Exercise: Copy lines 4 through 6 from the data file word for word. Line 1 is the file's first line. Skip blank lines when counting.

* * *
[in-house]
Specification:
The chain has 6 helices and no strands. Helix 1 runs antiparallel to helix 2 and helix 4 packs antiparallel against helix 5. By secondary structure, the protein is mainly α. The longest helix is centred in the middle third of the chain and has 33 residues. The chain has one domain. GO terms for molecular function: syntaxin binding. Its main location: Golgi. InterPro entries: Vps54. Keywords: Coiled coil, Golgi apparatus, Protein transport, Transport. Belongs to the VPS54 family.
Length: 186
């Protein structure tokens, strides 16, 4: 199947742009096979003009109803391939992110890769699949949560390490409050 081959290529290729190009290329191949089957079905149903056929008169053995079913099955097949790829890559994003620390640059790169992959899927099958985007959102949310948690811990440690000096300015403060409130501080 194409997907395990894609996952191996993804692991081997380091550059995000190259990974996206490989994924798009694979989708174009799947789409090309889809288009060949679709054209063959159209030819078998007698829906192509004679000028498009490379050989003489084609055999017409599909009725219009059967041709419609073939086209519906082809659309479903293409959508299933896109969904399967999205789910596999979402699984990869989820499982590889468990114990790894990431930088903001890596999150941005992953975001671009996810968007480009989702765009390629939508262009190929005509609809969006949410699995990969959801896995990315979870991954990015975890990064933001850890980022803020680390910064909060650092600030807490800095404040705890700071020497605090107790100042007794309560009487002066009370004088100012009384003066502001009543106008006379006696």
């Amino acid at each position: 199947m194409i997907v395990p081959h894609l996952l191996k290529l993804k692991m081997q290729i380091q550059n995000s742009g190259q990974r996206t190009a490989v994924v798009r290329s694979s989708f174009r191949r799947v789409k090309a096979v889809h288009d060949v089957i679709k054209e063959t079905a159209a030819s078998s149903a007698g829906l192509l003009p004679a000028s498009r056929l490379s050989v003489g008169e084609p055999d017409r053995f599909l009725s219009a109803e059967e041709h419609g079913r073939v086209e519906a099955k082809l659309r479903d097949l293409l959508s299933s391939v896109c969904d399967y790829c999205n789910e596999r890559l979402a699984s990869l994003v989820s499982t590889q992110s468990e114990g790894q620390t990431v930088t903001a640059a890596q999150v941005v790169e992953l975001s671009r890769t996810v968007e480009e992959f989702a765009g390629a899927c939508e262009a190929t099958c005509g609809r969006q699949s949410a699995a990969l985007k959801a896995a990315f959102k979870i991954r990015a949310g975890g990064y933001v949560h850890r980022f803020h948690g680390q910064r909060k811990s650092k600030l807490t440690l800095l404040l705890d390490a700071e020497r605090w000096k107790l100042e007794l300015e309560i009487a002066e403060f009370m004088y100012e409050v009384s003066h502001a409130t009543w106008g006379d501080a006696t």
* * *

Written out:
Length: 186
């Protein structure tokens, strides 16, 4: 199947742009096979003009109803391939992110890769699949949560390490409050 081959290529290729190009290329191949089957079905149903056929008169053995079913099955097949790829890559994003620390640059790169992959899927099958985007959102949310948690811990440690000096300015403060409130501080 194409997907395990894609996952191996993804692991081997380091550059995000190259990974996206490989994924798009694979989708174009799947789409090309889809288009060949679709054209063959159209030819078998007698829906192509004679000028498009490379050989003489084609055999017409599909009725219009059967041709419609073939086209519906082809659309479903293409959508299933896109969904399967999205789910596999979402699984990869989820499982590889468990114990790894990431930088903001890596999150941005992953975001671009996810968007480009989702765009390629939508262009190929005509609809969006949410699995990969959801896995990315979870991954990015975890990064933001850890980022803020680390910064909060650092600030807490800095404040705890700071020497605090107790100042007794309560009487002066009370004088100012009384003066502001009543106008006379006696």
């Amino acid at each position: 199947m194409i997907v395990p081959h894609l996952l191996k290529l993804k692991m081997q290729i380091q550059n995000s742009g190259q990974r996206t190009a490989v994924v798009r290329s694979s989708f174009r191949r799947v789409k090309a096979v889809h288009d060949v089957i679709k054209e063959t079905a159209a030819s078998s149903a007698g829906l192509l003009p004679a000028s498009r056929l490379s050989v003489g008169e084609p055999d017409r053995f599909l009725s219009a109803e059967e041709h419609g079913r073939v086209e519906a099955k082809l659309r479903d097949l293409l959508s299933s391939v896109c969904d399967y790829c999205n789910e596999r890559l979402a699984s990869l994003v989820s499982t590889q992110s468990e114990g790894q620390t990431v930088t903001a640059a890596q999150v941005v790169e992953l975001s671009r890769t996810v968007e480009e992959f989702a765009g390629a899927c939508e262009a190929t099958c005509g609809r969006q699949s949410a699995a990969l985007k959801a896995a990315f959102k979870i991954r990015a949310g975890g990064y933001v949560h850890r980022f803020h948690g680390q910064r909060k811990s650092k600030l807490t440690l800095l404040l705890d390490a700071e020497r605090w000096k107790l100042e007794l300015e309560i009487a002066e403060f009370m004088y100012e409050v009384s003066h502001a409130t009543w106008g006379d501080a006696t």